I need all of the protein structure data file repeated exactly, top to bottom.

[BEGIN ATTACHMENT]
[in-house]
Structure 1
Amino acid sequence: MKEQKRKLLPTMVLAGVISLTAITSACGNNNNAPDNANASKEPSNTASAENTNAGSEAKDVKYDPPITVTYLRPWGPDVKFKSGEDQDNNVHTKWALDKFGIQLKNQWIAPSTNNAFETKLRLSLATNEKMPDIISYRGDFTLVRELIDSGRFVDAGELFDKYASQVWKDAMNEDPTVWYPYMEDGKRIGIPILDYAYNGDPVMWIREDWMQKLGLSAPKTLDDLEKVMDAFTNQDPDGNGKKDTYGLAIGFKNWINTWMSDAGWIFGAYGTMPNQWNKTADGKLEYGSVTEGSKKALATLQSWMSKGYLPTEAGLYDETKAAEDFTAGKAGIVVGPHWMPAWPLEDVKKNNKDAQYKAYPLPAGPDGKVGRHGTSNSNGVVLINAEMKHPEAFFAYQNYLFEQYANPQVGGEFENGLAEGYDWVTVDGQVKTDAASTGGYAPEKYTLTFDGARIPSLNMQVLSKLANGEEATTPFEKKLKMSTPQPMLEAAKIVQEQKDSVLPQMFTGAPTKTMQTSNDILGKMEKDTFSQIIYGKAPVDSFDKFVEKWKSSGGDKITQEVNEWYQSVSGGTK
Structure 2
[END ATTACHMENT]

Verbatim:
[in-house]
Structure 1
Amino acid sequence: MKEQKRKLLPTMVLAGVISLTAITSACGNNNNAPDNANASKEPSNTASAENTNAGSEAKDVKYDPPITVTYLRPWGPDVKFKSGEDQDNNVHTKWALDKFGIQLKNQWIAPSTNNAFETKLRLSLATNEKMPDIISYRGDFTLVRELIDSGRFVDAGELFDKYASQVWKDAMNEDPTVWYPYMEDGKRIGIPILDYAYNGDPVMWIREDWMQKLGLSAPKTLDDLEKVMDAFTNQDPDGNGKKDTYGLAIGFKNWINTWMSDAGWIFGAYGTMPNQWNKTADGKLEYGSVTEGSKKALATLQSWMSKGYLPTEAGLYDETKAAEDFTAGKAGIVVGPHWMPAWPLEDVKKNNKDAQYKAYPLPAGPDGKVGRHGTSNSNGVVLINAEMKHPEAFFAYQNYLFEQYANPQVGGEFENGLAEGYDWVTVDGQVKTDAASTGGYAPEKYTLTFDGARIPSLNMQVLSKLANGEEATTPFEKKLKMSTPQPMLEAAKIVQEQKDSVLPQMFTGAPTKTMQTSNDILGKMEKDTFSQIIYGKAPVDSFDKFVEKWKSSGGDKITQEVNEWYQSVSGGTK
Structure 2